United States

The United States, at the time of this writing, has no coherent direction on its cryptocurrency regulation other than that there will be some soon. The Securities and Exchange Commission (SEC) has warned investors of cryptocurrency investing risks, halted several ICOs and hintedat the need for greater cryptocurrency regulation.

The Commodity Futures Trading Commission (CFTC) became the first U.S. regulator to allowfor cryptocurrency derivatives to trade publicly, then organized meetings to talk about possibly changing the rules for cryptocurrency derivatives clearing (one of the meetings was postponed due to the federal government shutdown).

Secretary of the Treasury Steve Mnuchin has indicated a preference for minted fiat currency over cryptocurrency. Speaking on January 12, 2018, at the Economic Club in Washington, D.C., Secretary Mnuchin warned those in attendance that he and other regulators were looking into the possibility that cryptocurrency could be used in money-laundering activities. The secretary then announced to the group that the Financial Stability Oversight Council (FSOC) had formed a working group to explore the cryptocurrency marketplace and that he hoped to work with the G20 to prevent bitcoin from becoming a digital equivalent of a “Swiss bank account.”

Defending his stance to World Economic Forum attendees on January 25, 2018, Mnuchin explained that his number one focus on cryptocurrency was “to make sure that they’re not used for illicit activities.”

On January 26, 2018, U.S. Treasury Deputy Director Sigal Mandelker echoed the secretary’s sentiments after a visit to China, South Korea and Japan. At a press conference in Tokyo, she applauded the three Asian countries for keeping tabs on cryptocurrency trading, stating, “We feel very strongly that we need to have this kind of regulation all over the world.”

It should be noted that non-U.S. investors may have concerns over clearing licensing hurdles put up individually by the states. If the U.S. treats cryptocurrencies as currency, it seems more likely that the actions by the federal government and federal regulatory agencies would preempt states’ licensing. However, if treated as “securities” (the SEC has not completely cleared the issue up), cryptocurrencies, especially ICOs, would have to clear “blue sky laws” on a state-by-state basis.

Canada

The Financial Consumer Agency in Canada does not consider cryptocurrencies to be “legal tender,” excluding all but Canadian bank notes and coins from that definition. The True North, however, is not all harsh on its cryptocurrency regulatory stances. In fact, it appears to be the most transparent country in this list when it comes to understanding laws surrounding the digital currency industry (aside from Switzerland, which wants to be “THE crypto-nation”).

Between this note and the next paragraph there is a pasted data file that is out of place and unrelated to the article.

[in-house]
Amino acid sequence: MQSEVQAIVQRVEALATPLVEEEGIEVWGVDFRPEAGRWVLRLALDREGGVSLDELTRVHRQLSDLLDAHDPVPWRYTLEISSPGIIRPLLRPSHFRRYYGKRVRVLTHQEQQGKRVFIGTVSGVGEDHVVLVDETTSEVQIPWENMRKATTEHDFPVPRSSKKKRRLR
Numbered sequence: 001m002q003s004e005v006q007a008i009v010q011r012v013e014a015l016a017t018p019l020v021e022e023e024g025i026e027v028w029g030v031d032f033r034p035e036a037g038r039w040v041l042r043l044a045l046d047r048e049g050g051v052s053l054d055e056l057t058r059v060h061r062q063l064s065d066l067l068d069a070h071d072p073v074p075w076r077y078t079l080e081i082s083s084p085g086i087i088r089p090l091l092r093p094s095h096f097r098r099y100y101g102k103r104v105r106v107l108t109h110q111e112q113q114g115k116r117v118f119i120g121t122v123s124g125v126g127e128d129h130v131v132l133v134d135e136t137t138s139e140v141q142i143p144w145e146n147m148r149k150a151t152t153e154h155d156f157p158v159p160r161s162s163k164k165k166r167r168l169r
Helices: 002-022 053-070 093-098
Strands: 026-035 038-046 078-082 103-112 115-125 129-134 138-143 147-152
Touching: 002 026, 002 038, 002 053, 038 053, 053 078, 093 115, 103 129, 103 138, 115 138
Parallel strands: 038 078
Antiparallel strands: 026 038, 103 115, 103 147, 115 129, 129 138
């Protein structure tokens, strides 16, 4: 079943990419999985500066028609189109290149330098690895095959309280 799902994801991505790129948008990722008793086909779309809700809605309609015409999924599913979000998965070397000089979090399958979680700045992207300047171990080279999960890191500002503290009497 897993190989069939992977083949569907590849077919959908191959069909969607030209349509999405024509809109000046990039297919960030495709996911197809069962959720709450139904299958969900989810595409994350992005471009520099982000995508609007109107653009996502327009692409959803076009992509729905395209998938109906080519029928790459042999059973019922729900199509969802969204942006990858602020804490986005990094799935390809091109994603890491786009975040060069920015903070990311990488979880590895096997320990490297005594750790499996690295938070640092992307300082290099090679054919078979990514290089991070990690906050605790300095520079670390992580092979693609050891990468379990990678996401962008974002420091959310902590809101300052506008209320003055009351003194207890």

After weeks of hearings, which included testimony from experts like Andreas Antonopoulos, the Canadian Parliament approved Bill C-31 on June 19, 2014, the world’s first national law on digital currencies. The Canadian government has been communicative in its regulatory stances on cryptocurrency ever since: the Canadian Securities Administrators (CSA) sent out a regulatory notice on August 24, 2017, confirming “the potential applicability of Canadian securities laws to cryptocurrencies and related trading and marketplace operations and to provide market participants with guidance on analyzing these requirements.” If you want a clear and concise interpretation of this notice, check out this article.

More recently, the head of the Central Bank of Canada, Stephen Poloz, was quoted as saying on January 25, 2018, that  “I object to the term cryptocurrencies because they are crypto but they aren’t currencies … they aren’t assets for the most part … I suppose they are securities technically … There is no intrinsic value for something like bitcoin so it’s not really an asset one can analyze. It’s just essentially speculative or gambling.” It should be noted that as part of the North American Securities Administrators Association (NASAA), Canada joined an association-wide “cautionary directive” on the risks of cryptocurrencies, with all representatives from every province in the country believing there is a “high risk of fraud.”

Venezuela